I did a mid-month market update for clients (and select prospects) where I made the case that the rally we have seen in July and the first half of August was doomed to fail and was purely a “rip your face off” Bear Market rally.
Unbelievably, the bulls kept pushing the markets higher trying to front run the Fed. They were not rewarded as the Fed’s focus remains on taming inflation. Fed Chair Powell put the markets in their place in a rather short and pithy, eight- minute speech from the Jackson Hole Summit. The markets tanked, thereafter, with the Dow Jones Industrial Average down more than 1,000 points on the day dispatching the bulls and sending them home licking their wounds.
So where do we go from here and what is your best course of action?
So far in 2022 the peak to trough decline through June was -24.5% for the S&P 500 Index. We have since gained about 60% of that back in July and August. As a next step, it would make sense to me that we should at least retest the June lows. It doesn’t mean we will, but that would be an absolute in my mind if I was pulling the levers of the markets.
Historically, speaking a -24.5% Bear Market decline would be the smallest of the past 100 years of Bear Markets. It is possible, but given all the intervention, quantitative easing and zero bound interest rates of the past decade, is a decline of -24.5% really what you would expect? I personally am looking for at least the average decline of the past 100 years (or roughly -35%), if not much more.
The market declines much faster than the time required to push it higher, but it is still a process. This means we will have bounces along the way lower in a Bear Market, like the July/August bounce. Over the past two Bear Markets, we had at least 7 bounces that retraced 50-70% of the prior decline. There will likely be many such bounces (both large and small) on the way to the ultimate market bottom. We also believe a retest of the recent June lows seems probable and then the market will likely spend some time testing that level.
We believe we take out those lows, but that is just a guess at this point. One thing I am certain is that the markets will be more volatile and will ebb and flow in whatever direction the market is trending at the moment, which at this point is down. It is highly unlikely that we will just grind higher (or lower) like we have seen over the past decade when the Fed was providing the markets with ample liquidity. In fact, the Fed is removing liquidity from the markets which means they are more likely to grind lower than the higher.
It will be very important in the decade to come to have a steady hand on the rudder of your investments to navigate through the coming storms including rising rates, inflation, supply chain constraints, the redevelopment of key manufacturing capabilities here at home, demographic changes and more that we just have just not seen over the past 75 years of U.S. protected global trade.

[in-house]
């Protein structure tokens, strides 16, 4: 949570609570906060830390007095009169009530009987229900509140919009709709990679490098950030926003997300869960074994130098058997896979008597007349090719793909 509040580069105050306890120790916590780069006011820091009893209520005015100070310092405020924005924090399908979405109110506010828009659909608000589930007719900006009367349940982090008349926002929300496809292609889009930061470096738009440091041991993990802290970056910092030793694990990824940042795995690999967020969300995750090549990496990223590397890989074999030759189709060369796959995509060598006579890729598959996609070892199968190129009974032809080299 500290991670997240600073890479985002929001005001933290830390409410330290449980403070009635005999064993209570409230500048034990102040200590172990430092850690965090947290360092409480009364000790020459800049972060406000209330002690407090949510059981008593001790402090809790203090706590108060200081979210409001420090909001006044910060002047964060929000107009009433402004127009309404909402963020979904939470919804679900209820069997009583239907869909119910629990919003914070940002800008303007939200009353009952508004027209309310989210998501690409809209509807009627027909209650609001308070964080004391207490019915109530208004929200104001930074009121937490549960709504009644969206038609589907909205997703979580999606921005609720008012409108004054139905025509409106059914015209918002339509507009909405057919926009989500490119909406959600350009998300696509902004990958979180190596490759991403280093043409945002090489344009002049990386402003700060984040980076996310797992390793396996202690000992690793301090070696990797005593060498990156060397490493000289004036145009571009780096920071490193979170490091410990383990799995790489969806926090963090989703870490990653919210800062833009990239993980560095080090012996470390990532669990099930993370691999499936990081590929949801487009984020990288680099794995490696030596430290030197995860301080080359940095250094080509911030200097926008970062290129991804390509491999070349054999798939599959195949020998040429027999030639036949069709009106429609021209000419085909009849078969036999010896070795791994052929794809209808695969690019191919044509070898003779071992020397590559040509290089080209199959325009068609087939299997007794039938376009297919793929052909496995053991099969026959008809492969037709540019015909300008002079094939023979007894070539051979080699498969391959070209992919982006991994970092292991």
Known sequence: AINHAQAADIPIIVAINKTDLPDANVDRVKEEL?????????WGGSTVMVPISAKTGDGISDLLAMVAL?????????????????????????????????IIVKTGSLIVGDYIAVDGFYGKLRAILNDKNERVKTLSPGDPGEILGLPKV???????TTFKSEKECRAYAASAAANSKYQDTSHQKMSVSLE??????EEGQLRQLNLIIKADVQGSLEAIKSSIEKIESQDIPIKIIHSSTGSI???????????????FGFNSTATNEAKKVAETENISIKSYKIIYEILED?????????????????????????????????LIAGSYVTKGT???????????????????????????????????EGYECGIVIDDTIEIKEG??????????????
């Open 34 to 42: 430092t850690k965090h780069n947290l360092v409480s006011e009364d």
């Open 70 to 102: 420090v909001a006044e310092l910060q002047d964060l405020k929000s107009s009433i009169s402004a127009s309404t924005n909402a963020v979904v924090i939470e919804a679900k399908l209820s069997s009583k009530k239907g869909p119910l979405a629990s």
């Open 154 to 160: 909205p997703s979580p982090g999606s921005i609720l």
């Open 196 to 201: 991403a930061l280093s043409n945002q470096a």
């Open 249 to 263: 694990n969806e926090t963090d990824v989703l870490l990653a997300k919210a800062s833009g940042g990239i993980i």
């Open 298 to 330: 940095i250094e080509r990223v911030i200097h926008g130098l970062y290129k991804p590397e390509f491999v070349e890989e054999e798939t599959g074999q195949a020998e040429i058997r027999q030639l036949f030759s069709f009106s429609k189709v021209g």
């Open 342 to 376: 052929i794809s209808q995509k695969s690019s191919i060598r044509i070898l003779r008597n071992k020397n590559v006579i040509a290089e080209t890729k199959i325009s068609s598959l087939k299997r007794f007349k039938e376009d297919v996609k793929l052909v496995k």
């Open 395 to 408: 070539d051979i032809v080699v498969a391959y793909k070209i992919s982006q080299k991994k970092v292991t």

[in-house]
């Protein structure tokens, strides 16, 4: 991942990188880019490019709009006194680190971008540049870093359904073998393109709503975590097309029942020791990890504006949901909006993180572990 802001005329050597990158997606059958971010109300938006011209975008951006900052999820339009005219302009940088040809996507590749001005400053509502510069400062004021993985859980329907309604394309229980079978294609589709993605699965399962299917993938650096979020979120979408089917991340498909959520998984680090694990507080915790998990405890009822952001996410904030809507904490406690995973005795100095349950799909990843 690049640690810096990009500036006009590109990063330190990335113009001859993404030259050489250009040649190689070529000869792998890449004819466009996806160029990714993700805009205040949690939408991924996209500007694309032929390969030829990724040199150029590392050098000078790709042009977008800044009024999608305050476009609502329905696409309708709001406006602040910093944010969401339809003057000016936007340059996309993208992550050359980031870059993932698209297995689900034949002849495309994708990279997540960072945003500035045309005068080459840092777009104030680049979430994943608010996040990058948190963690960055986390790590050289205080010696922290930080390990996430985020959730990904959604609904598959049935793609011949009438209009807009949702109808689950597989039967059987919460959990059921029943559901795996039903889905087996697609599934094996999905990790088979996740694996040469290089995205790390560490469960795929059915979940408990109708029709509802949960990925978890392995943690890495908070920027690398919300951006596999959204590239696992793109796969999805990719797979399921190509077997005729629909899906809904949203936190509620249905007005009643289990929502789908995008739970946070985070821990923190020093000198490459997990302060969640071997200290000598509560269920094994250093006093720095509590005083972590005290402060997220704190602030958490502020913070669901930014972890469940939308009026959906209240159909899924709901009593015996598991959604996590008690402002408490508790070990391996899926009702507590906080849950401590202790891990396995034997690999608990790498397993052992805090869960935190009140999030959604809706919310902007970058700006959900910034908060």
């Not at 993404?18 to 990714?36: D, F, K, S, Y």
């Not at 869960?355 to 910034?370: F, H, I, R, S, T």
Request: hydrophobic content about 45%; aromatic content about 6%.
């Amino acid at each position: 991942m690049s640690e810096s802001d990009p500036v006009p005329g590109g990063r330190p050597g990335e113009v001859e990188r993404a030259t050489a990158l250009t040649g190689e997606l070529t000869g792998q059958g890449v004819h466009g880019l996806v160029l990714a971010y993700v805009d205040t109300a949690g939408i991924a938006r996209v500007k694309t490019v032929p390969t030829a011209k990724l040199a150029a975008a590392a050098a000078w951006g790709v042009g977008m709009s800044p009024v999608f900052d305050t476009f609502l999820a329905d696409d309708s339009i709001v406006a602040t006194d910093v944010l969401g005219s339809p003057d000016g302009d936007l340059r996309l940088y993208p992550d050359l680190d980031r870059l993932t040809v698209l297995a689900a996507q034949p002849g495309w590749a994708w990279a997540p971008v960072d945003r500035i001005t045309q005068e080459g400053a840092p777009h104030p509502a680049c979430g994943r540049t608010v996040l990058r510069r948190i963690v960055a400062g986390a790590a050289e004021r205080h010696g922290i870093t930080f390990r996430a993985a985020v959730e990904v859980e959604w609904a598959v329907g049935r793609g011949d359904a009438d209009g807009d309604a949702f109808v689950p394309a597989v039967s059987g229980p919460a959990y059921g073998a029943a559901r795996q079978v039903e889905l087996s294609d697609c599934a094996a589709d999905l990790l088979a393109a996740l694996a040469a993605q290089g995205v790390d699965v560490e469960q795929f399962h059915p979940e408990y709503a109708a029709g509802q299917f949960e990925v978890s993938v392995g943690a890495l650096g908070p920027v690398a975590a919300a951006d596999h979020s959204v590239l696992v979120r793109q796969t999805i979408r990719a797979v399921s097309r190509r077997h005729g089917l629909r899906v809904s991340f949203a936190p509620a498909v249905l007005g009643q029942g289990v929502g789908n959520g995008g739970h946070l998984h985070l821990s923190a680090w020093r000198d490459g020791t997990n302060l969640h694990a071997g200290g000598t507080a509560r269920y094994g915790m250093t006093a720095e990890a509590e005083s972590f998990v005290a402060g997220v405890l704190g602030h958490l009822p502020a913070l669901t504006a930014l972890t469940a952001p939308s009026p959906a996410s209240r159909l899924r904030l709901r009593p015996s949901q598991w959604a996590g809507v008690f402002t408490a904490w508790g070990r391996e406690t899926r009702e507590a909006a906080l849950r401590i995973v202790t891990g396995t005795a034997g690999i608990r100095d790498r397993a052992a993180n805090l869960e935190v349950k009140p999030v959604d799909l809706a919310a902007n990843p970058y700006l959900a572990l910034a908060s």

So now that I side stepped, going too far with my market forecast, let’s discuss the actions you can take to assure you prosper now and, in the future, to come.
First, you need the right advisor. One that excels at protecting and growing capital in tough markets and one that can assist you in planning for such contingencies so that you reach your financial goals. Of course, we are biased, but we believe we are such a shop.
Second, cash is King. It has been unfashionable to hold cash over the past decade or more, but right now cash is your best bet as an asset class as we enter a recession here and abroad. Hold whatever makes you feel comfortable right now and sleep well at night! However, be prepared also to deploy it at the right time. Don’t be lulled to sleep holding cash for the long-term as it is still likely to earn you less than the rate of inflation, which means it is losing purchasing power.
Third, the absolutes of the past decade are now gone. No one really knows when the markets will bottom or if it is really a bottom until some time has passed. Therefore, you need to resort to some tried and true methods to both deploy and protect your capital. I wrote a post in May 2022 on Dollar Cost Averaging in Tough Markets. This is one such method to manage risk while also not guessing at market bottoms. Get used to averaging into and out of markets in the years to come. They will be more uncertain!
Third, you need to be more diversified. The days of the 60% equity and 40% bond portfolio are behind us. Care to guess the top performing sector for the year? You guessed it? Energy.
After years of underperformance, energy is now only 4.78% of the S&P 500 Index vs 28% of the S&P 500 in 1998. This means a passive equity fund plus bonds gives you only limited exposure to the top sector of 2022. With our clients, we have added alternatives allocations that include top sectors, commodities, currencies, metals, and liquidity trading managers. Bottom line, you need to diversify to broaden your exposure to both profit and protect capital in this kind of market.
Finally, seek out the cash flow generators. There is an old saying that a “Bird in hand is worth two in the bush.” That saying is very apropos today. We believe it is better to get paid cold hard cash than to wait on growth that may not materialize in the future. High dividend companies pay you today and they have more reasonable valuations vs. their growth stock peers. Guess what is the top paying dividend sector by percentage today? You guessed it energy.
Let us know if we can help you today.
Have a great Labor Day Weekend!